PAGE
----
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Newcastle Thunder Confirm 2022 Full-Time Status


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Newcastle Thunder will embark on a new era in a month’s time when the club’s first full-time squad since 1999 assembles for pre-season.

Having secured Betfred Championship rugby for 2022, the club are switching to a full-time environment for the new campaign with head coach Eamon O’Carroll eagerly awaiting the change.

Coming from Catalans Dragons to take the Thunder reins at the start of the year, the previous part-time regime presented O’ Carroll with challenges that he is pleased that he will no longer have to face and has him looking forward to November 1.  

Reflecting on those challenges O'Carroll said: “The biggest shock was the lack of time you get with squad. We were training two times a week, working with players who were coming to training from full time jobs and also who were travelling over two hours to training, all of which had to be taken into account.

“Having so little time together meant you had to prioritise what was most important in trying to make the team better. In a full-time environment, you get to cover most things but in part time you can’t, you have to choose.

“Holding my hands up, I probably got that wrong at some points throughout the year, but that experience puts us into a great position going into full time.

“As a coach, that experience of part-time has really made me appreciate what going full-time is going to allow us to do and will make us appreciate the time that we will get to spend together in terms of getting better and making sure we’re prepared.”

Thunder gained a glimpse into how more contact time delivers improvements in performance earlier in the summer, as travelling players began to stay over in the north east, reducing their travelling burden and exposing them to life in the city for the first time.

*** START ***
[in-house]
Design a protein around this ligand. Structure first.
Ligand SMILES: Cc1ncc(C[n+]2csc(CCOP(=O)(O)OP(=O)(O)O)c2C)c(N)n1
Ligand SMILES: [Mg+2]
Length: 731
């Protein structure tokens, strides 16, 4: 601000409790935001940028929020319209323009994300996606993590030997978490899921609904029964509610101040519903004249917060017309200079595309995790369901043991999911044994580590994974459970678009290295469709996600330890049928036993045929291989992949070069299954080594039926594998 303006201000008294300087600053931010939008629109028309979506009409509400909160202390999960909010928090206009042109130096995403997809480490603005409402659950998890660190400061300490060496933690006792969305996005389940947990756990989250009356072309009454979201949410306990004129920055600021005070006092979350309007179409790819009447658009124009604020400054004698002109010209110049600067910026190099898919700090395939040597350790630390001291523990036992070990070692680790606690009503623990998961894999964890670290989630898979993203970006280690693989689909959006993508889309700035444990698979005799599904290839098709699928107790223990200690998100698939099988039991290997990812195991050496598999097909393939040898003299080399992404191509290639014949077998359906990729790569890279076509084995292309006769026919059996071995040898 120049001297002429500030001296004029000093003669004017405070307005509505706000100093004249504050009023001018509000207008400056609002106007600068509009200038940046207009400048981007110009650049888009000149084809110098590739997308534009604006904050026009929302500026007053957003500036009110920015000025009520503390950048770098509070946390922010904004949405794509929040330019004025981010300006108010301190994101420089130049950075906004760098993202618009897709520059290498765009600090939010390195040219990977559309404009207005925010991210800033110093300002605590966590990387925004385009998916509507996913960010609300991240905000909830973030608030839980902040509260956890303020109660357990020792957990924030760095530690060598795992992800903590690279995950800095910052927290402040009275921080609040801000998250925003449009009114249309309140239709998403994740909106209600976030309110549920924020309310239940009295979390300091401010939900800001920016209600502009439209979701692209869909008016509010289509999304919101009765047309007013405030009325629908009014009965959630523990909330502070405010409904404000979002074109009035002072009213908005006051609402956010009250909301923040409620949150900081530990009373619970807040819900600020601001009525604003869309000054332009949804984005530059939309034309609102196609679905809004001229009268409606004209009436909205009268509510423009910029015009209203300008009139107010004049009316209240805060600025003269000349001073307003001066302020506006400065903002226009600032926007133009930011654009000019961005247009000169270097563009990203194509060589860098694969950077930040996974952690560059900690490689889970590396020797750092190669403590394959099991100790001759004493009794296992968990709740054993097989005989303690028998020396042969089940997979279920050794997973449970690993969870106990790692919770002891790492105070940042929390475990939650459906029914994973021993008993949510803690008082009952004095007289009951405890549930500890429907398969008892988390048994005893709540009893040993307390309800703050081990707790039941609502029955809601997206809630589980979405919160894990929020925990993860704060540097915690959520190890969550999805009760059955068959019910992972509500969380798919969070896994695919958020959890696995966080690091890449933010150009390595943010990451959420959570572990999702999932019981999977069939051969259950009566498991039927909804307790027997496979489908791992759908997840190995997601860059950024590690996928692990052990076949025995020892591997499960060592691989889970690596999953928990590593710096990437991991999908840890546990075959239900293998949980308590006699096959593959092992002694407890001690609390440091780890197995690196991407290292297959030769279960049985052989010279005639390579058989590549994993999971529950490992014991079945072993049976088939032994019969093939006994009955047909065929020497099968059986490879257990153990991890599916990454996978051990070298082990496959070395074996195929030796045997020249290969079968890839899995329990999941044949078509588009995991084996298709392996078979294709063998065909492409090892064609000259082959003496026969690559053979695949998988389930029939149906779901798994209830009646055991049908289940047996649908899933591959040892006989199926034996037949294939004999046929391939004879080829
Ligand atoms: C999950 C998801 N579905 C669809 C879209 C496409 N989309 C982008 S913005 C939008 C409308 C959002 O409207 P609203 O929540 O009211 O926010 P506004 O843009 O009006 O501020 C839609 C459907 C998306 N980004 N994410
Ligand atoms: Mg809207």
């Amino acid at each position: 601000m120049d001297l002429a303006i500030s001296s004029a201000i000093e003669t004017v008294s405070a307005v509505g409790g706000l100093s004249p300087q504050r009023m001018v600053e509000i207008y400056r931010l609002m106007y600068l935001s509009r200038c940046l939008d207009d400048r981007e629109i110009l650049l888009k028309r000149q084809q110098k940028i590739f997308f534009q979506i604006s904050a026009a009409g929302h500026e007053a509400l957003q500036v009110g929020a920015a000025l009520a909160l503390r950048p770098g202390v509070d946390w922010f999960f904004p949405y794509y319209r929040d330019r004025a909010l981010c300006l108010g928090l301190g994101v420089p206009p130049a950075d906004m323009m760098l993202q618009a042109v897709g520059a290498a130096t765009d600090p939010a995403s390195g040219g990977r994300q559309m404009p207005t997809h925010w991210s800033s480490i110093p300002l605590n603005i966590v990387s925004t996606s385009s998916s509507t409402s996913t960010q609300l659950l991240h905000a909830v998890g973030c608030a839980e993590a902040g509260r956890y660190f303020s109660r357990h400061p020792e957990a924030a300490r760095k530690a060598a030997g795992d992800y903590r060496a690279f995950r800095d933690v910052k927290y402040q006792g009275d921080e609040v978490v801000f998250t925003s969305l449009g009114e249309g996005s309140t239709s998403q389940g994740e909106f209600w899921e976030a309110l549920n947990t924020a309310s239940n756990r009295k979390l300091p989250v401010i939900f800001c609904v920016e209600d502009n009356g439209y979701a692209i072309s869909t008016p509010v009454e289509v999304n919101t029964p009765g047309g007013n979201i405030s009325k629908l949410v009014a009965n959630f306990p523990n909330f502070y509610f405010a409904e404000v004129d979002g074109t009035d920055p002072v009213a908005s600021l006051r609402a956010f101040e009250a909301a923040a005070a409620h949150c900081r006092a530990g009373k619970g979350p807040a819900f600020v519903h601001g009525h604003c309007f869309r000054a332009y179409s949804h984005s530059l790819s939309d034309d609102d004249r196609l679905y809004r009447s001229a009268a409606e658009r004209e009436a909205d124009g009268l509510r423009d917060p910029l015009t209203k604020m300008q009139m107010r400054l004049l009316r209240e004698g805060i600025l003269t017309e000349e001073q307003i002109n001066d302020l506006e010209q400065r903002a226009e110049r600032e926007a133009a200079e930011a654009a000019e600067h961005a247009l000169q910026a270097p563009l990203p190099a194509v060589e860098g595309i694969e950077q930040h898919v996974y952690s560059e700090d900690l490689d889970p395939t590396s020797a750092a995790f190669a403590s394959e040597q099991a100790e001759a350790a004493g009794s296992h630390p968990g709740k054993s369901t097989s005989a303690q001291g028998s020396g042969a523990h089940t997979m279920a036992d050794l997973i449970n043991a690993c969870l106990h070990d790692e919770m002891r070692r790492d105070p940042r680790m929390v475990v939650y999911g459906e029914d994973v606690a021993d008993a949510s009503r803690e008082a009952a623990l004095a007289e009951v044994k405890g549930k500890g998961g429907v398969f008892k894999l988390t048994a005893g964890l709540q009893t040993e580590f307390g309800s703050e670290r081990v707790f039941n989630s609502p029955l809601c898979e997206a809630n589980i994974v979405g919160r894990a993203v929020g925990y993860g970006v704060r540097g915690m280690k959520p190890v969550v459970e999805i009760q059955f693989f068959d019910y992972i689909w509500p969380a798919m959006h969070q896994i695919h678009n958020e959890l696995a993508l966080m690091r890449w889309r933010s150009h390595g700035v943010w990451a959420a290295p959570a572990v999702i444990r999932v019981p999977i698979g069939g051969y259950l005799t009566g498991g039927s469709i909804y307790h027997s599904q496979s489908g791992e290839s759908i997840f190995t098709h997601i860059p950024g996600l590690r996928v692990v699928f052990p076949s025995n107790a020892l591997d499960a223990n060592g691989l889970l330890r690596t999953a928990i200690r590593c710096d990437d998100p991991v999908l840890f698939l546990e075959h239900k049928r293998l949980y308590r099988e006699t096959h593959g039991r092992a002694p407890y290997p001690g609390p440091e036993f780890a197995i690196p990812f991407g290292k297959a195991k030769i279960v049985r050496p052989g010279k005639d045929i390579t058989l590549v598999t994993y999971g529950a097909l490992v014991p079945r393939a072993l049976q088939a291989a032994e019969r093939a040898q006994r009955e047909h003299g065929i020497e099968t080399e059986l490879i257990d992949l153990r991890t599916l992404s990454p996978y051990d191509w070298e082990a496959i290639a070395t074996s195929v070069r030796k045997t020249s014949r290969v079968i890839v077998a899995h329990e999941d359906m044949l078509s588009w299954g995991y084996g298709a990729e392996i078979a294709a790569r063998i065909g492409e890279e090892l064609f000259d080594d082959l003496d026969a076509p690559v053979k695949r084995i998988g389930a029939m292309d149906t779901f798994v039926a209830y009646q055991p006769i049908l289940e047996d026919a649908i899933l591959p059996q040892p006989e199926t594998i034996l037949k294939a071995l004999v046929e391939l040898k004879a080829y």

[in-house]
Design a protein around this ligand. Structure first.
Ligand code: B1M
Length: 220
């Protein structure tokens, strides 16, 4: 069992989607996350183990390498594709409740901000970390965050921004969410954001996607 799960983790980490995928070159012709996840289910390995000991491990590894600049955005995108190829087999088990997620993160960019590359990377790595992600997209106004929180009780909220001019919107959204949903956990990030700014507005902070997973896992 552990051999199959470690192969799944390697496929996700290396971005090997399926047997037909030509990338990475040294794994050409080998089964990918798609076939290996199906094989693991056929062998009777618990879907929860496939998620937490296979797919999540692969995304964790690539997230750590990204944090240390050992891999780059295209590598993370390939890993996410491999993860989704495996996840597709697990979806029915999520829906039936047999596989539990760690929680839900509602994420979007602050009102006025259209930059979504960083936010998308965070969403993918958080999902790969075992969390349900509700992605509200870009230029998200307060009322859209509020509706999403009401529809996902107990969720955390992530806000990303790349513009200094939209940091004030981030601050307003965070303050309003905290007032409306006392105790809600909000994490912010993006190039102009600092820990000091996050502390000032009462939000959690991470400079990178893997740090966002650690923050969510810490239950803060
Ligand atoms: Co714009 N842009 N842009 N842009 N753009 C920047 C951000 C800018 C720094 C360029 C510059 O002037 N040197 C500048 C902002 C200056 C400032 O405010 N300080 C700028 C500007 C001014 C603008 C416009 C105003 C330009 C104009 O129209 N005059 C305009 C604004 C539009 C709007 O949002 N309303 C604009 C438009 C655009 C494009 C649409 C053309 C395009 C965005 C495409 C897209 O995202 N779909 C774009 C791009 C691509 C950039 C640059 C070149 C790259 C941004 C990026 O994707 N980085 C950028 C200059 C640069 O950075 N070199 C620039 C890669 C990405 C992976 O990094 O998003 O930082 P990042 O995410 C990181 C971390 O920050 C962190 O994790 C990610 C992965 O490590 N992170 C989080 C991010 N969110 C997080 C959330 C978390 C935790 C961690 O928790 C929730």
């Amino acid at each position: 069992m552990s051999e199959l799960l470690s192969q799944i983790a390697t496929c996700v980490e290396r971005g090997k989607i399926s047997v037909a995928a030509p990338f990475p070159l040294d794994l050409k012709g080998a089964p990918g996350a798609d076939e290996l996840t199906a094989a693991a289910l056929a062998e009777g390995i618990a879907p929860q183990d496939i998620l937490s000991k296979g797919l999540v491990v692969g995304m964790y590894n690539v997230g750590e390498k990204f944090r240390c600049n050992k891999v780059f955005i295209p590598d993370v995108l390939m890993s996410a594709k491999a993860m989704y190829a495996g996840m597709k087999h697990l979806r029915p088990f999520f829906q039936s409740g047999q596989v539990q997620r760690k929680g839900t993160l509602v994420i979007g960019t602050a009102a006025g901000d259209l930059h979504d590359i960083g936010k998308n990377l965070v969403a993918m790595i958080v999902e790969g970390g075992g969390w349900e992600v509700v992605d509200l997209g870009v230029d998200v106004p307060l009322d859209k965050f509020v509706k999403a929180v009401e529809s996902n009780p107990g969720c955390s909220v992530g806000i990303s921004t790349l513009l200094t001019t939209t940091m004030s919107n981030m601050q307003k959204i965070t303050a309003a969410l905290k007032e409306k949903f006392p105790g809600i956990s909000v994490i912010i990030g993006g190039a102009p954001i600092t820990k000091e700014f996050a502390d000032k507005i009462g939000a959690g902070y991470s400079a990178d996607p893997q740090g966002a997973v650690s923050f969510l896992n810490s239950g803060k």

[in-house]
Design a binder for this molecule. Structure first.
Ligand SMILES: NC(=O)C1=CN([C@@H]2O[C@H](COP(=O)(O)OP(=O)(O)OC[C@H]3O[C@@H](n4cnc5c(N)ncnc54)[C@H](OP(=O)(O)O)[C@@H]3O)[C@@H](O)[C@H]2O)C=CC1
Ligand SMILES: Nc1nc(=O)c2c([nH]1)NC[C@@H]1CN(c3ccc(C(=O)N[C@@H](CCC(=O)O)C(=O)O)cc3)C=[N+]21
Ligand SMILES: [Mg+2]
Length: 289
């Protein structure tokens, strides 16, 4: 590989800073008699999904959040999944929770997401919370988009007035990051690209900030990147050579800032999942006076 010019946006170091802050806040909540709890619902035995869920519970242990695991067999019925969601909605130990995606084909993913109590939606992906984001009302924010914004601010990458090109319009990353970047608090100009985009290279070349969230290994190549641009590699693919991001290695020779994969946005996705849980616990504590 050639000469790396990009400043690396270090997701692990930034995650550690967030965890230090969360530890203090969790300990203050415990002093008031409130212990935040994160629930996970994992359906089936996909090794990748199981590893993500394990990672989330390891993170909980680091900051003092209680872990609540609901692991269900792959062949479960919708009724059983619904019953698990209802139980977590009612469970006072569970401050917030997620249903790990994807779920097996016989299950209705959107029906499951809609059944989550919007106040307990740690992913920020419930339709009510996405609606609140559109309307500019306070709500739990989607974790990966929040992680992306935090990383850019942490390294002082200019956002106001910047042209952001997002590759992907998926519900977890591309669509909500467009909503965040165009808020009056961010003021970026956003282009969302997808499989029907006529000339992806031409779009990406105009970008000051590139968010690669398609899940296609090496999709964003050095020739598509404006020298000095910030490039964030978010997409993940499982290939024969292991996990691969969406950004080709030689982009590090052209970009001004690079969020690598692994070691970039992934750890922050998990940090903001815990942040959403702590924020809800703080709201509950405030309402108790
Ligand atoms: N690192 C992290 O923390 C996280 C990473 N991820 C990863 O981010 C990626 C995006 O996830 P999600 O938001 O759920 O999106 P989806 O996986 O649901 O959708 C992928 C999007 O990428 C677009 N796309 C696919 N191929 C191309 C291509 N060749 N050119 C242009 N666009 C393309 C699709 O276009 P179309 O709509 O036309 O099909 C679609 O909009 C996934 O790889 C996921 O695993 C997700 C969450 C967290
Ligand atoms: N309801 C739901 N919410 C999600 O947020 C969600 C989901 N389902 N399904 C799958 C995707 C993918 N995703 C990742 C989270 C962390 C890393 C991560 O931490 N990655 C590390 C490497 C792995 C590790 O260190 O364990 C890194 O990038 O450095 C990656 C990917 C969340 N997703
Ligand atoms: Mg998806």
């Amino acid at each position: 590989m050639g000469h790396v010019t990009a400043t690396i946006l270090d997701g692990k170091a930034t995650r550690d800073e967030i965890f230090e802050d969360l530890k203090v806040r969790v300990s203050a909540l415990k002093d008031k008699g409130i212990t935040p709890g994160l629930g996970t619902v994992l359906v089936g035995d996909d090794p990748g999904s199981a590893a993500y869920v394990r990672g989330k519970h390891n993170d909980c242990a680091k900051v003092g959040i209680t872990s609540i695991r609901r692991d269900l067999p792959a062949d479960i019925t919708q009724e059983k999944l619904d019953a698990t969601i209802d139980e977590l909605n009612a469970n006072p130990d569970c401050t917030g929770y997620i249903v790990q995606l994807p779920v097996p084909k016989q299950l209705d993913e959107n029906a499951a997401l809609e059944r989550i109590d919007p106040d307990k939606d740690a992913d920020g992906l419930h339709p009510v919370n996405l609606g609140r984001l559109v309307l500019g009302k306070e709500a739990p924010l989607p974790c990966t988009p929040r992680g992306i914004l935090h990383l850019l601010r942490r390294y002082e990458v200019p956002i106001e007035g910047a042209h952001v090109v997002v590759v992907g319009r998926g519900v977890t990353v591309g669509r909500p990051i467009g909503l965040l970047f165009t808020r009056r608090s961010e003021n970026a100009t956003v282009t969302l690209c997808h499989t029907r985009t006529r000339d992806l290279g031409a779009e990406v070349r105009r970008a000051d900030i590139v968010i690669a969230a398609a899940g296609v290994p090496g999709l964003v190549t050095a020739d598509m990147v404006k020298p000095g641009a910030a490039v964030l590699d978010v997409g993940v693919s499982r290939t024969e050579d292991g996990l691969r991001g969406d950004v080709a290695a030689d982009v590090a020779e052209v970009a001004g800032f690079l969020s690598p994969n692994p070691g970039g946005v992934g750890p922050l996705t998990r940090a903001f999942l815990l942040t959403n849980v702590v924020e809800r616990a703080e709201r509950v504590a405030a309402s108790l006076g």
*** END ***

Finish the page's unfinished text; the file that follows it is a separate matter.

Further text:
According to O'Carroll, this hybrid approach was a key ingredient in ensuring the club remained in the Betfred Championship and has played a big part in the immediate futures of some of the new-season squad.

O Carroll added “Hybrid was brilliant short term and we had a positive response to it, within the first five weeks of doing it, we won four games.  The biggest thing from it was being able to limit the amount of travel that players were doing and the amount of recover we were able to get into the team gave us the biggest gains.

“We were also able get the lads out into the city and the region and show them around, so going to the beach to do recovery sessions for example I think has had a huge impact.  The lads have seen what a great city it is and experience what it is about.

“Some of the players who we are retaining for next season, who have experienced that have decided to move up here and buy houses and make the north east their home, so there’s a real buy in from the players as a result.”

“Full time offers the opportunity to get better.  We’re going to be able to provide an environment that is going to let the team make the most of the facilities we have.  We’re also going to be able to do little things like giving feedback to get better, which really excites me.”

Some of that excitement comes from the squad that Thunder are assembling for the new season, with signings and re-signings set to be announced in the coming weeks that O’Carroll credits the ambition of owner Semore Kurdi in bringing these players in.